France was the large economy which saw its IT services market decline the most last year (-7,9% according to PAC) due to very strict lockdown measures and a high exposure to sectors hit hard by the pandemic (aeronautics/automotive/tourism). It is therefore not surprising that France is leading the way in terms of rebound with double digit growth for Capgemini, Atos, OBS, CGI, Spie, Alten to name just a few. But recovery is happening across all geographies and the United-States have generally been seen as having an 12/18 months lead in terms of cloud adoption, a lead that could even increase as cloud adoption is slowed down somewhat in Europe by a lot more questions around data security and sovereignty.
Alten and Capgemini posted the most impressive results with sales up organically by 19,7% and 12,9% respectively, the latter mentioning that such strong growth and labour tightness in the US is pushing companies to look for offshore capabilities to meet demand. After two years of revenue decline, IBM manages to stabilize its revenues thanks the success its Red Hat and its cloud offering (up double digit) while the GTS division offering IT services and is to be spun-off as Kyndryl, registered a 4% organic decline in revenue. Orange’s IT&IS division, which was a rare player to post growth in 2020 during the pandemic, continues its excellent performance with 10,8% growth in as the group benefits from its strong positioning on the most dynamic segments of the market (cloud and cybersecurity). The creation of Bleu with Capgemini in order to build a “cloud de confiance” in France should help maintain this positive dynamic as it will become the de-facto reference for the public sector’s cloud ambitions.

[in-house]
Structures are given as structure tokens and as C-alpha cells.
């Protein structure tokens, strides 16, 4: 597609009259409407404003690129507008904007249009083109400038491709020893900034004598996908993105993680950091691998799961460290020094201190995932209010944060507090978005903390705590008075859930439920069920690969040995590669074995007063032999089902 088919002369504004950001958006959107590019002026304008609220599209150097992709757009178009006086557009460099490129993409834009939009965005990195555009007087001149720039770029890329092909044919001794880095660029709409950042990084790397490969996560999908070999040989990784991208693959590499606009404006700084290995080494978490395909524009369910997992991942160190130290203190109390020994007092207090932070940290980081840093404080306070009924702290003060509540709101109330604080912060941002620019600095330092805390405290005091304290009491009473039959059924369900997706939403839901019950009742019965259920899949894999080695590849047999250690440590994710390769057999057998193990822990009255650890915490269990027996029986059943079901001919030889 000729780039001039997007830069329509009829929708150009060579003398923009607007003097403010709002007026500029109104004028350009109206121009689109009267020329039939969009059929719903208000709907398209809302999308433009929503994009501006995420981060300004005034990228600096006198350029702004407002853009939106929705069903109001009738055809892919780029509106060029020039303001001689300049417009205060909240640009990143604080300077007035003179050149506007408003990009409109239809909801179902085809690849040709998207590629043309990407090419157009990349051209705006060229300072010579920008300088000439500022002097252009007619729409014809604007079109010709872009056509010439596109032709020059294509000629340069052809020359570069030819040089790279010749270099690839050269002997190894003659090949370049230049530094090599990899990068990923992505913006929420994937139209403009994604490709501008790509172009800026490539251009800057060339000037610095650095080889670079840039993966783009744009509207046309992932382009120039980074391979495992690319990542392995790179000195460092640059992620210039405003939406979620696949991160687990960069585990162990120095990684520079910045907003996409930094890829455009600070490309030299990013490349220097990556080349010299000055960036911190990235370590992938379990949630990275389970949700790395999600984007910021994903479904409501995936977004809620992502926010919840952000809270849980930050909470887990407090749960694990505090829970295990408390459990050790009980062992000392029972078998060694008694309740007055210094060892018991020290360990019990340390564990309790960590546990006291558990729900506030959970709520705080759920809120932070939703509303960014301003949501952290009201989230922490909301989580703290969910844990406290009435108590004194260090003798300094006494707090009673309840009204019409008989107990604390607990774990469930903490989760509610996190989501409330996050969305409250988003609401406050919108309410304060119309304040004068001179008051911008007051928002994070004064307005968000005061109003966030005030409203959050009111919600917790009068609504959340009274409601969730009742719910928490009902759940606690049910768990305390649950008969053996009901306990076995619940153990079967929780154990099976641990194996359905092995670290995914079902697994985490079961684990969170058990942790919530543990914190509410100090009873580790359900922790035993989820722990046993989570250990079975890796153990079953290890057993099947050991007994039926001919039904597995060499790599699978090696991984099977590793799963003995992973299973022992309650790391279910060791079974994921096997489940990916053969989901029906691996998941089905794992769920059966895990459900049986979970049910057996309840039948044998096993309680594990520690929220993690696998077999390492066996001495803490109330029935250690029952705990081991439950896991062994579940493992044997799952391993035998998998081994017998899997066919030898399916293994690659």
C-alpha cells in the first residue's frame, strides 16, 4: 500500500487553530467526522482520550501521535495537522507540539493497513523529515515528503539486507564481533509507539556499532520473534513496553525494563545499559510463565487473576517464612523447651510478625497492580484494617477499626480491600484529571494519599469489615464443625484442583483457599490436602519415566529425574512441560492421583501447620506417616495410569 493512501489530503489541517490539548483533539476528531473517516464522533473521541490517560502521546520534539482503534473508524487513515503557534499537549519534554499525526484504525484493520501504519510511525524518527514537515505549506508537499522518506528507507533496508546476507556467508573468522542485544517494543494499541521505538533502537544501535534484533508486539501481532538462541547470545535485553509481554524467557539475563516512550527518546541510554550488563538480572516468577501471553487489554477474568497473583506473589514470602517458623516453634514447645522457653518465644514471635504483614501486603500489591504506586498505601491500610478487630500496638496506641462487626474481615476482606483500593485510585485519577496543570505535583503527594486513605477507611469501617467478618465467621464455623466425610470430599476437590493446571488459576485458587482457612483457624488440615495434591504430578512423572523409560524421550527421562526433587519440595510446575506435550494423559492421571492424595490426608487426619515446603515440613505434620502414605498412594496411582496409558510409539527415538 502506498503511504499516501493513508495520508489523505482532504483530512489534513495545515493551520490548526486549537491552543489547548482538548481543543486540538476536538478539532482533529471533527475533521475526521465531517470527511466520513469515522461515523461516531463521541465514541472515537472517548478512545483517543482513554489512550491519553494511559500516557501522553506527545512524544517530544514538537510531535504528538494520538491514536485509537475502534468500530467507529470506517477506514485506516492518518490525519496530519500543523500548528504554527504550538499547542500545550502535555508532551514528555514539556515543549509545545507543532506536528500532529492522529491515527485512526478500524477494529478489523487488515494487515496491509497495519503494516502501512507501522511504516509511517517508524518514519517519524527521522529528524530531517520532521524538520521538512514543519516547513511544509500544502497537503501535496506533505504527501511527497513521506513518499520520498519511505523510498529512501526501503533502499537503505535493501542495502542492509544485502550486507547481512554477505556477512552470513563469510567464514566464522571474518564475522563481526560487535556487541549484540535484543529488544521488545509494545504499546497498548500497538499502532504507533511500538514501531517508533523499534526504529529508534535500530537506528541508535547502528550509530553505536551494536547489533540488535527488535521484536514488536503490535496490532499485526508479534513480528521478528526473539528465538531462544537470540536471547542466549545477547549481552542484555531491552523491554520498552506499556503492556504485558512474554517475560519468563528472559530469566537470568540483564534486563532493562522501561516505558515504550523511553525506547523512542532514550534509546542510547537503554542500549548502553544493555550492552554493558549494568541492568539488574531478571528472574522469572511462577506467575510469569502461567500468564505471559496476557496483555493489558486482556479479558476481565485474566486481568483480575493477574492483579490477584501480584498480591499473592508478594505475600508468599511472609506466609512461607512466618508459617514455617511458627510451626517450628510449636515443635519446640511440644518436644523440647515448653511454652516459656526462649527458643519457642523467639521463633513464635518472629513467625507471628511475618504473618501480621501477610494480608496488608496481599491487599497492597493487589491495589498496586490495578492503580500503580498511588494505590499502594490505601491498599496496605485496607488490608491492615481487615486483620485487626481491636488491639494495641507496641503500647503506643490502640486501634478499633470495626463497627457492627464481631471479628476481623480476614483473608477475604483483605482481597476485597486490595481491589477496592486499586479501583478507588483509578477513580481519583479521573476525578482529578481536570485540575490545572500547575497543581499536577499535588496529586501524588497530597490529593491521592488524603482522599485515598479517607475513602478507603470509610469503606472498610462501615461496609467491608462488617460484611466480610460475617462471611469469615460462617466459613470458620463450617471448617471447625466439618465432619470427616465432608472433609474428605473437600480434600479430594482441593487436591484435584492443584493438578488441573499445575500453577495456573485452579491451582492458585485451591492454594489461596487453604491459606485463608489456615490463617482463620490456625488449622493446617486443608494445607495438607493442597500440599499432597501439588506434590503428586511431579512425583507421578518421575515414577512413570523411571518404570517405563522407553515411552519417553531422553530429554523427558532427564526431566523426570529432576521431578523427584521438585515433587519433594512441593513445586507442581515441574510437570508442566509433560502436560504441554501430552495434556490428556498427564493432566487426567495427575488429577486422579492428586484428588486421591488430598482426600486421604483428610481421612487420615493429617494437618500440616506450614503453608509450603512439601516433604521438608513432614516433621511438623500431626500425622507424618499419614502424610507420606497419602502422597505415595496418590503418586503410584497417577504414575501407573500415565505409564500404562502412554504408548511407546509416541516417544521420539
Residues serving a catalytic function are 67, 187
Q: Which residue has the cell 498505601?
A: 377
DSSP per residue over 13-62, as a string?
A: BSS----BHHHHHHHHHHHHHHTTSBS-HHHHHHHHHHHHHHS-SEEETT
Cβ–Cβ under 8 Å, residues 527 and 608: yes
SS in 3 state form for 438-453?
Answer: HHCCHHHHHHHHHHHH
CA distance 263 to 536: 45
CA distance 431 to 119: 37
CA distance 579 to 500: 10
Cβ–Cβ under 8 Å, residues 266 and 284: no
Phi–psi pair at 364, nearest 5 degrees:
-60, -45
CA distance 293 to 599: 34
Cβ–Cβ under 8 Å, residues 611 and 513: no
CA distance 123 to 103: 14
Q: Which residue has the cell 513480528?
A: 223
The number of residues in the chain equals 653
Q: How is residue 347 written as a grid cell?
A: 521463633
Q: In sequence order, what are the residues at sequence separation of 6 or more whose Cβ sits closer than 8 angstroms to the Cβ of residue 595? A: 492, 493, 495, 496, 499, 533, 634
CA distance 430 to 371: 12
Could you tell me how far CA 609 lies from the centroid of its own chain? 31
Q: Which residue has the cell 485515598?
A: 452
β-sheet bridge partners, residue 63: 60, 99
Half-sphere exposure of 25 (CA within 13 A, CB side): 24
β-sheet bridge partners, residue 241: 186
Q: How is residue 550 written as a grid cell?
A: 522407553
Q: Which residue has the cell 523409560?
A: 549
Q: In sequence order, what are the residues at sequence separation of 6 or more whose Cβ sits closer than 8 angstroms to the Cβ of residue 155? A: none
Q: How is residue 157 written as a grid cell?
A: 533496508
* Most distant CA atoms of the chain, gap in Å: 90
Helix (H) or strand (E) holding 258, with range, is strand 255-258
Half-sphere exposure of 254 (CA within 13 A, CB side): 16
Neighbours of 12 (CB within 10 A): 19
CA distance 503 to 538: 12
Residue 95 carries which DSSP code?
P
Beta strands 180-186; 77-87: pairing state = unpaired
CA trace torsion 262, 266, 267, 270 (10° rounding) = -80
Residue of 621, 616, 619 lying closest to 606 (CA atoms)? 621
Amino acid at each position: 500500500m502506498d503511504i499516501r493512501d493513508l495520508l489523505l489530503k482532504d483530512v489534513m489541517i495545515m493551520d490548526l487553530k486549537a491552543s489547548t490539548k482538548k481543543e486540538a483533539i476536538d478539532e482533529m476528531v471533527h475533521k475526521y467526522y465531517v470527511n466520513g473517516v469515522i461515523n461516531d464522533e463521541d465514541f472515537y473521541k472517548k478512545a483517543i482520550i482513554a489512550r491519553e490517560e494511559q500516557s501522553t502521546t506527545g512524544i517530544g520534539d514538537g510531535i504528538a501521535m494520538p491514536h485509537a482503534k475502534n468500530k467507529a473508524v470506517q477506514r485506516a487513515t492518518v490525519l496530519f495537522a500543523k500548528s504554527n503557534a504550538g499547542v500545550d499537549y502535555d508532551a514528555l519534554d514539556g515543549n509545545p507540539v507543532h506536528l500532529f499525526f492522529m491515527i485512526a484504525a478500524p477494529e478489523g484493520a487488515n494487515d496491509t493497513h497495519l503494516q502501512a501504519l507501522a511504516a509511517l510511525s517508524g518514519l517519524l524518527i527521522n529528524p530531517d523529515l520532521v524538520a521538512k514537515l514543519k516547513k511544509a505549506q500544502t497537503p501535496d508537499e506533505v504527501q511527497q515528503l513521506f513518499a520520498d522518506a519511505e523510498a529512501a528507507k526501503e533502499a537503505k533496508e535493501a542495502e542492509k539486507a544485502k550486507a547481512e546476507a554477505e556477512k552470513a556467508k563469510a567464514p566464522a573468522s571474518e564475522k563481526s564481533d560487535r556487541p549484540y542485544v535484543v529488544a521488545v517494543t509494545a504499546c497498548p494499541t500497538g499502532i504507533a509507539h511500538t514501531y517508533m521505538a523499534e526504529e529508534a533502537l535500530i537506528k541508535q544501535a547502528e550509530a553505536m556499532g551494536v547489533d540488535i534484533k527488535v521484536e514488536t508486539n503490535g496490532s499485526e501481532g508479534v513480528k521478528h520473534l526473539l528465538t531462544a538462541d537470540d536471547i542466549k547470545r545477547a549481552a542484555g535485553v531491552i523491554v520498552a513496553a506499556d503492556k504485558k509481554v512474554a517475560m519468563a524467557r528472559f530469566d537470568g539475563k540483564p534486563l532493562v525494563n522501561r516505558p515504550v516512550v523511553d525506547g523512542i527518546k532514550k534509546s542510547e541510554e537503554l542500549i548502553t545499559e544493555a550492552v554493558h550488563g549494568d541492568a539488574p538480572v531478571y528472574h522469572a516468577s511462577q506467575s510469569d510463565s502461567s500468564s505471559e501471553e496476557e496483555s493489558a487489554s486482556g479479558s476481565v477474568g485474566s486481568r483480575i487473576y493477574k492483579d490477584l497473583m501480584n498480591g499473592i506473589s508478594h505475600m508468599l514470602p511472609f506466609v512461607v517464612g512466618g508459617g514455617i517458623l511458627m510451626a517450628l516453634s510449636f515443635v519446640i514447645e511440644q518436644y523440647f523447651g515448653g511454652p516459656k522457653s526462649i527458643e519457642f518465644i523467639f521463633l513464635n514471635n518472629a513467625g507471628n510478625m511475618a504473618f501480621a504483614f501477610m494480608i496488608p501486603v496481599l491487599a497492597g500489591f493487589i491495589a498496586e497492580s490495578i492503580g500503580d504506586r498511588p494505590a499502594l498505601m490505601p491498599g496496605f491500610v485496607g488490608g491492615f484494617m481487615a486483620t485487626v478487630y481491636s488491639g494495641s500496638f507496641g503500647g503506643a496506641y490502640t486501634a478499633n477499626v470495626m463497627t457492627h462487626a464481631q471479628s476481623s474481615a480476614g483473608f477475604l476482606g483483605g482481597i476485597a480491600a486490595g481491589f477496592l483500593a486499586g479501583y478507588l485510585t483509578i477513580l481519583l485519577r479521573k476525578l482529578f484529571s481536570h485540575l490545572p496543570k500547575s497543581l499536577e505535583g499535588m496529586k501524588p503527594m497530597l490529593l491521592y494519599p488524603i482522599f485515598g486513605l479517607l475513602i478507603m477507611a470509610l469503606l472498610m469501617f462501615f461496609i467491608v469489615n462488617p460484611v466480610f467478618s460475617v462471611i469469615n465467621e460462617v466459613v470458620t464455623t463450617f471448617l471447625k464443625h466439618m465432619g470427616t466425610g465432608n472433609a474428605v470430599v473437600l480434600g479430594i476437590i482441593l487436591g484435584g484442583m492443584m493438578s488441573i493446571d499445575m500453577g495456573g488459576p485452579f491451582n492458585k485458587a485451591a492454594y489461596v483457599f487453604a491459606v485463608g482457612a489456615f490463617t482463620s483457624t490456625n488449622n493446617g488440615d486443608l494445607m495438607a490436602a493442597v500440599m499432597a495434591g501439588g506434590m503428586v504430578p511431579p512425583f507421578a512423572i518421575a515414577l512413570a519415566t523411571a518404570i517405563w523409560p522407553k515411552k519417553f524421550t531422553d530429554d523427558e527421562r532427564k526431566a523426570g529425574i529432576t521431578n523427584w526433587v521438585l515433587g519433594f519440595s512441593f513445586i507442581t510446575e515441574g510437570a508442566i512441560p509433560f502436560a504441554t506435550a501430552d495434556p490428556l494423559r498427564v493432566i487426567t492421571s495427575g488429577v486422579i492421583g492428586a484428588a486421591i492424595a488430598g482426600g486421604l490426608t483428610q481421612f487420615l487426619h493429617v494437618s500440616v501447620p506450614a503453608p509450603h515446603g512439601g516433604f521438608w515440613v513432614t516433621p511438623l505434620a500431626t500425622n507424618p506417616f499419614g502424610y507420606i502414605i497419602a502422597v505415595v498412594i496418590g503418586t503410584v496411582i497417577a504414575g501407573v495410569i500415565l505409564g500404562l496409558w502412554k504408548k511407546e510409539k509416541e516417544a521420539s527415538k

In all this positive news flow, Atos’ Q2 21 results stand out. After five straight quarter of declining sales, Atos’ revenues finally stabilised but this performance was below the group’s expectations and led management to revise downward its guidance for the year (stable growth vs. +3,5/4% beforehand). Indeed, if the group benefits from the positive trends in digital, cloud, security & decarbonization (53% of its revenues, growing at 12/15%), this is partly done at the expense of traditional infrastructure spending where revenue declines are now in the order of -20%. In that context, Atos has decided to accelerate its repositioning on the growing businesses by announcing that it was looking for partnerships (up to disposals) around its unified communications & collaboration activities (Unify), low-end infrastructure support services (data center hosting) and selected niche activities, representing approximately 20% of its revenues. We do think this is the right strategy for Atos and it should allow it to achieve solid and sustained growth as it has all the right tools to succeed in this new market context (IP in cloud and security, leader in decarbonization). This is underpinned by quite a few contract wins in the past few months (Cloud services with the Flemish Government, TMT contract with EY, Cloud and Edge contract with a major international logistics company) and a book-to-bill ratio that stood at 109% at the end of Q2.